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Here are some interrogative statements which are right/wrong (both in American and British English).

Right-

  1. What took you so long?
  2. Who killed my friend?
  3. What disease took away my dog?
  4. Who committed treason against his country?
  5. What language has the vowel 'oe'?
    What language does not have the vowel 'oe'?

Wrong-

  1. What did take you so long?
  2. Who did kill my friend?
  3. What disease did kill my dog?
  4. Who did commit treason?
  5. What language does have the vowel 'oe'?

Correct me if I am wrong. What grammatical rule each of these interrogative sentences falls into? Hold on a second, I suddenly realized something.

6) Right- What rule each of these sentences falls into?
6) Wrong- What rule does each of these sentences fall into?

7) Right- Which one of you wants to go to prison?
7) Wrong- Which one of you does want to go to prison?

Is this rule called third person “wh” question? What is this rule?

migrated from english.stackexchange.com Jul 21 '18 at 12:38

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    Your "wrong" questions are not necessarily wrong. Consider this exchange: "It took you a long time to get here. You probably stopped off at the pub on the way." "No, I didn't!" "Okay, then what did take you so long?" With the emphasis on "did", it makes the question about finding the correct answer after an incorrect one has been suggested. At least, that's the way I would interpret it. – Roger Sinasohn Jul 20 '18 at 23:26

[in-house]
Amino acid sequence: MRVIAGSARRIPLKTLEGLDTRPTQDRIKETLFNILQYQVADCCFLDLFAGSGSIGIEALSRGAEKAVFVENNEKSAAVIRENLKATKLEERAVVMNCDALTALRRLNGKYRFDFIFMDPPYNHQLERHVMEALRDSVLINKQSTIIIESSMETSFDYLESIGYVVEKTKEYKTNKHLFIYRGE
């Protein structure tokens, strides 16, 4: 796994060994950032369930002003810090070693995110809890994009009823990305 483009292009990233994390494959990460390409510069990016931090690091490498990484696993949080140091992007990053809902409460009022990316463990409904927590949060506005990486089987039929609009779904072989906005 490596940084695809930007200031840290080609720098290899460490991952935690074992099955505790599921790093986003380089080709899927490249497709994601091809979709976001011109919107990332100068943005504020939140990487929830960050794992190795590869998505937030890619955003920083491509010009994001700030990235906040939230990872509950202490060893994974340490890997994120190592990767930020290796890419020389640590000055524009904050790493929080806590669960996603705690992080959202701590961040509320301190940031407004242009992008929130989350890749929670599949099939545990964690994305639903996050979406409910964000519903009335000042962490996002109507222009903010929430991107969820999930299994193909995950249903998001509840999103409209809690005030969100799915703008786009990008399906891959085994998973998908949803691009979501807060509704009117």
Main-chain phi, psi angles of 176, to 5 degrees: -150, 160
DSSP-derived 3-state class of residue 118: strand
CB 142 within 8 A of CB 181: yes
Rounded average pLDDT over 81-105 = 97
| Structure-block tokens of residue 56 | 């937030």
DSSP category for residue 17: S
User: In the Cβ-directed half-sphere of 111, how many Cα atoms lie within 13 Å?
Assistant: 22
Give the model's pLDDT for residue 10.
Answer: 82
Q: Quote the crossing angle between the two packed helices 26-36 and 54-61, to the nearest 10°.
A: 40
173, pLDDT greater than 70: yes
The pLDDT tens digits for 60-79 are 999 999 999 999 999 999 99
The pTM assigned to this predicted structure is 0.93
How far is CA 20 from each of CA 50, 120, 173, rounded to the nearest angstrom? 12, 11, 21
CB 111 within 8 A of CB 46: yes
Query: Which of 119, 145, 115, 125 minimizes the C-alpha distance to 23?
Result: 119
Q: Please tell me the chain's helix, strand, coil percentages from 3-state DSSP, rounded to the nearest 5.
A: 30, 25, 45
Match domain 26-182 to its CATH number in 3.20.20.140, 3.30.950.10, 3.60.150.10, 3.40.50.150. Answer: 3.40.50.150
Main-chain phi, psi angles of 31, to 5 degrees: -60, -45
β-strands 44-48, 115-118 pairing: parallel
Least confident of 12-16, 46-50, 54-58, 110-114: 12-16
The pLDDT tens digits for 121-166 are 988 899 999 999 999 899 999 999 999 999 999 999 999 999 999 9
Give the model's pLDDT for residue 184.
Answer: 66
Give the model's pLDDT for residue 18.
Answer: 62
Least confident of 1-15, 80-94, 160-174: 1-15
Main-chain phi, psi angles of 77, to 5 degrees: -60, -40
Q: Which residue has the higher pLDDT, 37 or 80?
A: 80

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    Also 6 wrong - wrong. "What rule does each of these sentences fall into?" – Weather Vane Jul 20 '18 at 23:30
  • The only sentence above that's wrong is "6) Right". – Hot Licks Jul 21 '18 at 12:21
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Nos 2 & 3 on your 'wrong' list are basically the same and needn't be wrong. If your dog suffered from a number of illnesses and the vet is merely explaining to you how ill your pet was and discussing the diseases, you may get impatient and ask: Well, but what disease DID kill my Dingo? Note: if the vet gives you a complete list, then your question should start with "Which" but if he is more vague (possibly trying to impress you and increase his fee), then "what" is OK.

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When the required answer is the subject (someone or something who does the action), we should not use the auxiliary verbs, 'do', 'does', 'did'.

But, we can use 'will', 'have', 'has', and be verbs e.g. : Who will help your friend? Who has stolen my wallet? Who is speaking?

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The relevant rules are:

  1. In a WH question, invert the subject and the verb (or auxiliary) unless the WH item is the subject.

  2. When inverting a subject and a verb which does not have an auxiliary, use an appropriate part of do as an auxiliary (unless the verb is a form of be or, for some speakers, have).

  3. Do may be used even when the subject and verb are not inverted, for emphasis or contrast. It is very unusual for a WH question to be an appropriate environment for such emphasis or contrast.

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